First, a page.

My life is so good right now. But it's very busy, and time with the computer (let alone time with my thoughts) is generally sucked up with grading or learning more things to teach my students.

Brad generously sent me up here to the cabin last night because he knew I've been missing it. Even though it's just been for a few hours (and for most of them I was thankfully sleeping with the window open and the cool breeze blowing across my bed), I realize how much I needed to sit. To think. To stop.

Elk and deer. Bluebirds and squirrels. And a pair of retired hikers with their trail poles. The only companionship I've had all morning.

It's been nice.

School is much more manageable this year, but I know I still need to do better. I hope that life is settling down now and that I can get into a groove where I remember the necessary more frequently.

Taking more pictures

Watching more football games

Having lunch with friends

Reading bedtime stories

Attending the temple

Pondering and praying

Helping with elementary homework

And sitting just quietly to smell the flowers.

Here's to new resolutions and important moments.

Monday, September 11, 2017

Wisdom from a Sickbed

Mom, after a dash to the toilet with his hands over his mouth: "Sorry you don't feel well, buddy."

Hyrum, from the cozy layers of his bed: "It's okay, Mom. Sooner or later it happens to everybody."

I had to laugh at his wisdom.

Hope he makes it to the bathroom next time, too.

Tuesday, September 5, 2017

Here We Have Idaho

Something about Idaho recharges my spirit, especially the smells--the smell of rain on freshly cut alfalfa (and even the smell of dairies and horse pastures).

After spending the last week back home (I still call Idaho that, even though I've lived in AZ much longer now), I figured out what some of that something is. It's the people.

Farm people

Rural people

Salt-of-the-earth people

Sensible people

God-fearing people

Patriotic people

Hardworking people

Humble people

Kind people

Good people

Idaho folks as a general rule (like most of the country between the coasts) don't have time to worry about rainbows and statues and what their underlying meanings may be. They're too busy working to pay the bills. They're busy taking care of livestock or their neighbor's sick wife. They're busy picking fresh tomatoes and green beans from their gardens and canning them quick before the first heavy frost comes. They're busy checking maps and forecasts and camp equipment for the big hunts in October.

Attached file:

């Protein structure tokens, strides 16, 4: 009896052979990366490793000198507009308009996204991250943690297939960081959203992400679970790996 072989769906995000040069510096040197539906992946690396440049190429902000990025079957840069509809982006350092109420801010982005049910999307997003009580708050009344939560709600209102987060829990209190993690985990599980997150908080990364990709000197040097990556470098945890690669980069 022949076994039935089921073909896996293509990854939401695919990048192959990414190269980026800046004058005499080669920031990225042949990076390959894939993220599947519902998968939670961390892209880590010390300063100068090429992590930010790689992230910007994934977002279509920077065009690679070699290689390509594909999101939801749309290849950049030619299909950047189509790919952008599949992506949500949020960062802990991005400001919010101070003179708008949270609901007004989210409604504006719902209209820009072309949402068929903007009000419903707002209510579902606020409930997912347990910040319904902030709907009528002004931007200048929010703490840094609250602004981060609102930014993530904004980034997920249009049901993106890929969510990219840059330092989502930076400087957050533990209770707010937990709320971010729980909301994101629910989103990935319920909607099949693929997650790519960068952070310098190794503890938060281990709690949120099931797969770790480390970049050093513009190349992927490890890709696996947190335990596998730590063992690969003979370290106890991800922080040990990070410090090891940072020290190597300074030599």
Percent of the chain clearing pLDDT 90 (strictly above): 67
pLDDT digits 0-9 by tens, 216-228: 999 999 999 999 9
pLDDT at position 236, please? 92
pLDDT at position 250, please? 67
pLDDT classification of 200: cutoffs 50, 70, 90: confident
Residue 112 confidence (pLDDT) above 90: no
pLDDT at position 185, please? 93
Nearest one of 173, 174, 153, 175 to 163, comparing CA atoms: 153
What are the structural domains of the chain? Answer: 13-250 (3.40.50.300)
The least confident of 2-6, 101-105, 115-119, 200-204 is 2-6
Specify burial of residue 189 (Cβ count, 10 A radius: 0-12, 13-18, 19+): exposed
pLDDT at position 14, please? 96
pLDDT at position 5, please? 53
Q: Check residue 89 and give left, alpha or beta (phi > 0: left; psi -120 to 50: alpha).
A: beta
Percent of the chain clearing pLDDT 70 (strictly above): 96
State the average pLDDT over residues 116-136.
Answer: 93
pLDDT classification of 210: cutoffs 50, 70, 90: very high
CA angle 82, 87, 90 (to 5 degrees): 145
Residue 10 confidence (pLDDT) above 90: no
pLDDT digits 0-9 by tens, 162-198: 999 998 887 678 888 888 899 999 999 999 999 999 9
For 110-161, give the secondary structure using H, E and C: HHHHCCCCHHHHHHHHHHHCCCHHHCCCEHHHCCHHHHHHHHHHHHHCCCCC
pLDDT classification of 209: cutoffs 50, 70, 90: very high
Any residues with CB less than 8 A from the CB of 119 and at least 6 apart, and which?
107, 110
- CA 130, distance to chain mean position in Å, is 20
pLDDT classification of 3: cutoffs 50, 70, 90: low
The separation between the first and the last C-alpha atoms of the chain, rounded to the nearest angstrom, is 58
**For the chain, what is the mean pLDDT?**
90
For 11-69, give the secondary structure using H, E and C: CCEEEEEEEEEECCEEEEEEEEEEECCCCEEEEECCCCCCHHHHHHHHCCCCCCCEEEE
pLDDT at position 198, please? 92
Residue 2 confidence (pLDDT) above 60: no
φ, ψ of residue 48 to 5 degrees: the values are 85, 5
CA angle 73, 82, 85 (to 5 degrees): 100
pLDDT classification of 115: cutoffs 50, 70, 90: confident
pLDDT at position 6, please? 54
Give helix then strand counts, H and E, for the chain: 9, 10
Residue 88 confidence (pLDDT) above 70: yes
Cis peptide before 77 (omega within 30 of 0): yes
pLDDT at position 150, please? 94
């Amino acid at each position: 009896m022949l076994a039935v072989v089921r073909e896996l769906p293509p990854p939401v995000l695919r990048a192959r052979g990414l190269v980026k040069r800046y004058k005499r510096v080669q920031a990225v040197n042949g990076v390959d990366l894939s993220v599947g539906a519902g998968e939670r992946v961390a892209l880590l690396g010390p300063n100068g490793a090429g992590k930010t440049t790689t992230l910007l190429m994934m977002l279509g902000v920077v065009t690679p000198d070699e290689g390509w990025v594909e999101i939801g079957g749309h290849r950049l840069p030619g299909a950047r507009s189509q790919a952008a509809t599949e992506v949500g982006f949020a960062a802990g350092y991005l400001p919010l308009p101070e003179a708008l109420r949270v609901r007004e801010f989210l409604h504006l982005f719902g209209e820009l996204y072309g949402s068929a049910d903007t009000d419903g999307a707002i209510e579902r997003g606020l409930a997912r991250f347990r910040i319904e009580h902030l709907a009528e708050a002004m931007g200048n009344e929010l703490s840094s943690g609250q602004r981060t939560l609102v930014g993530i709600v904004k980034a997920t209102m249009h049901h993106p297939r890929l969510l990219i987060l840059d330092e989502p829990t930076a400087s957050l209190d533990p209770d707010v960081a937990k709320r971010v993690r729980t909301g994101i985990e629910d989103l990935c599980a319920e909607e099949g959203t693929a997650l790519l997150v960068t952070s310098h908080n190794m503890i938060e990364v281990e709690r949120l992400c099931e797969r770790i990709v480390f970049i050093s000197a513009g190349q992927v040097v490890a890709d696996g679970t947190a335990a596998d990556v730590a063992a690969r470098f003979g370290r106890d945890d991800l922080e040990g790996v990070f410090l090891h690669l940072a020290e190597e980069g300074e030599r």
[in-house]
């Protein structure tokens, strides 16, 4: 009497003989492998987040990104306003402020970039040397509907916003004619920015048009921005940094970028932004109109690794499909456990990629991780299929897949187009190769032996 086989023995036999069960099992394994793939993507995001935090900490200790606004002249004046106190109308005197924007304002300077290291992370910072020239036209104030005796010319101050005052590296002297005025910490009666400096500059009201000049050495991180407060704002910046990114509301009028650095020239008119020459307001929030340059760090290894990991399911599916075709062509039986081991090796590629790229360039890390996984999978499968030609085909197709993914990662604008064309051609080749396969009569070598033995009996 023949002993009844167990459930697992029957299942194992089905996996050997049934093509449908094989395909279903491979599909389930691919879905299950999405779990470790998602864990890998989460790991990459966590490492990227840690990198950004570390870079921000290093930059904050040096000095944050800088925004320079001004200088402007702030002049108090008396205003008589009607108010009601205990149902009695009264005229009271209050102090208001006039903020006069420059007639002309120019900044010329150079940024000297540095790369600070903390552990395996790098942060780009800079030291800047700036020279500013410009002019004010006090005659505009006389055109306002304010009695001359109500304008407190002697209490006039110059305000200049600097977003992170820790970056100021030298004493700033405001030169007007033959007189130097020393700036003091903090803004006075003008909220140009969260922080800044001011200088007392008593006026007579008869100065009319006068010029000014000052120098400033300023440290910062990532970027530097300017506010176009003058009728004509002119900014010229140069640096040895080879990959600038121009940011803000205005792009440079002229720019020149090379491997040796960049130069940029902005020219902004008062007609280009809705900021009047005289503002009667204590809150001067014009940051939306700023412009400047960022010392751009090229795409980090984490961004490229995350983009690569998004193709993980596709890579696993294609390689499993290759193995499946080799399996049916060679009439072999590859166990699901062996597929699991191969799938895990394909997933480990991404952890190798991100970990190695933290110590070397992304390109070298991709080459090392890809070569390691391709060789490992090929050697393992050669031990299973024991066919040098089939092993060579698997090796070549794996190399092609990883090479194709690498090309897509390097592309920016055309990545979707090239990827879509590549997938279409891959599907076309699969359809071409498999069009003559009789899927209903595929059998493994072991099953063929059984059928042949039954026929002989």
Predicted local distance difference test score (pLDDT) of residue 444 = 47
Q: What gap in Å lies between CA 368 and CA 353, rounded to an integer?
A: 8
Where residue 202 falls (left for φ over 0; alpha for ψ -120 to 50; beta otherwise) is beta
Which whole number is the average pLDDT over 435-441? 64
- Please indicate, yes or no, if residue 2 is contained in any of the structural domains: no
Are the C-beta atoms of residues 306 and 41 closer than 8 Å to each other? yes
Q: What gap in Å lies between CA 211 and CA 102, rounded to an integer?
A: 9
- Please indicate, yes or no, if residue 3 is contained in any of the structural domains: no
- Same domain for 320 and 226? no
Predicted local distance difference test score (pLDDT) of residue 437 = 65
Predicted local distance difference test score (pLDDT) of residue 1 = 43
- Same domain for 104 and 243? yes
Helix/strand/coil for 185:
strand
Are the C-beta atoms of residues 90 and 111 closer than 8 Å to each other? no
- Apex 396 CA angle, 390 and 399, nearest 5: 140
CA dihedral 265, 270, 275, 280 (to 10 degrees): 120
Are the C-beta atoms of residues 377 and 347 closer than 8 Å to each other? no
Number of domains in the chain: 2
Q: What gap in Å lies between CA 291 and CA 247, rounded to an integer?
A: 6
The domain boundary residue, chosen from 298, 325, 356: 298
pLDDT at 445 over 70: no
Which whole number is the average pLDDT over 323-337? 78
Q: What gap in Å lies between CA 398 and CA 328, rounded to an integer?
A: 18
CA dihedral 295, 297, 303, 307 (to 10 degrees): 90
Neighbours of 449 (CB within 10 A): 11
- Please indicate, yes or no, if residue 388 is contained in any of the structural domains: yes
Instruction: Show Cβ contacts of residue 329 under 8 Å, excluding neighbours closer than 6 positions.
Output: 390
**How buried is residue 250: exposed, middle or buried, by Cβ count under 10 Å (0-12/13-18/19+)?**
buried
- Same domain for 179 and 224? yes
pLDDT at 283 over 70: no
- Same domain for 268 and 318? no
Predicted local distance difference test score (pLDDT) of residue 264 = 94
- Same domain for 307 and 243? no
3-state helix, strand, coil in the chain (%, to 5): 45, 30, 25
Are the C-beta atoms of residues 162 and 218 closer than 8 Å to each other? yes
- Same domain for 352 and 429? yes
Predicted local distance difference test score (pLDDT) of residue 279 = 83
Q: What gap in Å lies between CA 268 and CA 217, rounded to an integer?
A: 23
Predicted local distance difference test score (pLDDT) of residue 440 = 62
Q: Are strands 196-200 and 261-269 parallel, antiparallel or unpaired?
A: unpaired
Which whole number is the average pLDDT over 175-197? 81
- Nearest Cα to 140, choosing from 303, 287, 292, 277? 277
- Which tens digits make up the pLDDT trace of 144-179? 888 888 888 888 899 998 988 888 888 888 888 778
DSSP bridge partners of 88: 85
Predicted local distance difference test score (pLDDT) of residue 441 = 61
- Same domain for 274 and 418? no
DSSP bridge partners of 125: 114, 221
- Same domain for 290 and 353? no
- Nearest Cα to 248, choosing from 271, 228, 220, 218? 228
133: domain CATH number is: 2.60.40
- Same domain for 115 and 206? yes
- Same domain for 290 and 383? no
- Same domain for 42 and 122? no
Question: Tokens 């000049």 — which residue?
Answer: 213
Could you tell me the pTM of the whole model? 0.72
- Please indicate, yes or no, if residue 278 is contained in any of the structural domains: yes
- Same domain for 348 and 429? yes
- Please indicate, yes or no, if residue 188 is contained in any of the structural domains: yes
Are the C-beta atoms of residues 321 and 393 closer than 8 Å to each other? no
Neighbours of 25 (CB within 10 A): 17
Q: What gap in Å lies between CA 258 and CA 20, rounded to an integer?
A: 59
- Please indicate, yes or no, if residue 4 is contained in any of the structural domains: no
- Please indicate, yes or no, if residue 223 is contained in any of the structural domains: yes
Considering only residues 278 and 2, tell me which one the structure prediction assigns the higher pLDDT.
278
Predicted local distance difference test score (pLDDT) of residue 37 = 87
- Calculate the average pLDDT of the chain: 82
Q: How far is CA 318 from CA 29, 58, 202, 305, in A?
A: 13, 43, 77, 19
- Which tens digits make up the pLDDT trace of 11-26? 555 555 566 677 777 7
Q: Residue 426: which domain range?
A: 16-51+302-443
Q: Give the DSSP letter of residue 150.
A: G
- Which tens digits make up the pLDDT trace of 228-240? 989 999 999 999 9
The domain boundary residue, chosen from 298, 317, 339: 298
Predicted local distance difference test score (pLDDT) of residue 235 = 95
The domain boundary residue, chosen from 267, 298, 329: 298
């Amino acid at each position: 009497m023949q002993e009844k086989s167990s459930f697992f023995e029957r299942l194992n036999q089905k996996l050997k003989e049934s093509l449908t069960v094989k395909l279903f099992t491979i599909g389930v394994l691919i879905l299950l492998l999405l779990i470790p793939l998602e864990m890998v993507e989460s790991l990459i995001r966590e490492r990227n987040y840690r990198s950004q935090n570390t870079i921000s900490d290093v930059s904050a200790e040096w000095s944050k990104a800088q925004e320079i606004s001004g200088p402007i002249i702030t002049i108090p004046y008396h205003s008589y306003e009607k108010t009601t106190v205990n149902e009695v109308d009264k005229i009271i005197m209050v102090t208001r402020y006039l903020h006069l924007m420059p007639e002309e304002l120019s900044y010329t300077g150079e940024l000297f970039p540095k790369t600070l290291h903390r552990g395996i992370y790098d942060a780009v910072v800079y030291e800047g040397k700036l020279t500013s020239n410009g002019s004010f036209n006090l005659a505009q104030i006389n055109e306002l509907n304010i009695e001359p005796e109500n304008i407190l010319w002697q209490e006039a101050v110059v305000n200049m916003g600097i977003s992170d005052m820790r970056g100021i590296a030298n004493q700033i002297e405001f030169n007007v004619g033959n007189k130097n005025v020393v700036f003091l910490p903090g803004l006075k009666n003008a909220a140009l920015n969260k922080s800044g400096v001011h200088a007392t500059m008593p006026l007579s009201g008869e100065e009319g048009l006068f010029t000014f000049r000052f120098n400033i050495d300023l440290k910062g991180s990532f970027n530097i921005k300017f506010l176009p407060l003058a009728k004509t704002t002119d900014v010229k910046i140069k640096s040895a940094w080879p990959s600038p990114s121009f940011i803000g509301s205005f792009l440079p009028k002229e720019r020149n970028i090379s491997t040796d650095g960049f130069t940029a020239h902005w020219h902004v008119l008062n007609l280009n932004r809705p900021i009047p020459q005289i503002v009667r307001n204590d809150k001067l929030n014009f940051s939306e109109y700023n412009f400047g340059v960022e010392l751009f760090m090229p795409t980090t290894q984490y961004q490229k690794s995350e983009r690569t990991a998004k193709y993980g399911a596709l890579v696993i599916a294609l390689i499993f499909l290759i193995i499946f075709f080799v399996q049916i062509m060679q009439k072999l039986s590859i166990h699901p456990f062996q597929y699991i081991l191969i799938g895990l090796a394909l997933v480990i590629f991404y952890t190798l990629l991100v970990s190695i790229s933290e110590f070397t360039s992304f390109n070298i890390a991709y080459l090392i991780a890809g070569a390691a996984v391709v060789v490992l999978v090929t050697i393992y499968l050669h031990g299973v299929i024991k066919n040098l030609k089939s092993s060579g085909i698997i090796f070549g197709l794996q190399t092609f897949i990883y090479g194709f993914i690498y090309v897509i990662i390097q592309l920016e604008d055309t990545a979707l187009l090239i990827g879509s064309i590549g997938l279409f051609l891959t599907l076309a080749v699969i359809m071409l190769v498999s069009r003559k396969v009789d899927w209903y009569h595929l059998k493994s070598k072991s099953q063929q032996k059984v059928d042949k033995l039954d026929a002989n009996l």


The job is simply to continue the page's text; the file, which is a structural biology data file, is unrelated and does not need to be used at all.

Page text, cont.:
They're busy living.

They are also sick of city people telling them how to spend their money or their time or how to best utilize their wilderness or how many guns they can own. They are tired of city people legislating change to their lives. City people rarely share rural values like these: Hard work outside or inside is what brings satisfaction, and that hard work often doesn't punch a clock. Family (whether blood or not) is what brings joy. Love of God and country is what brings meaning.

They still salute the flag and tear up when they hear "The Star Spangled Banner." They fly flags from their trucks and from their gutters--and not just on national holidays. They carry guns in the backs of their trucks and on their hips--and not to make a political statement, but because they may need it sometime. They still pray in public--and no one rebukes them.

Ironically, because of how hard life in rural communities can be, these hardworking people have more reasons than most to be bitter. Yet they retain their optimism and conviction that America is the greatest place on earth.

These are the people who voted for Trump in large percentages--for someone who espouses American values and doesn't play by the Washington rules they hate.

And while I may have drifted over a thousand miles from them geographically (and hundreds of miles politically, in some cases), a small portion of my heart always opens again in Idaho, whispering, "Welcome home."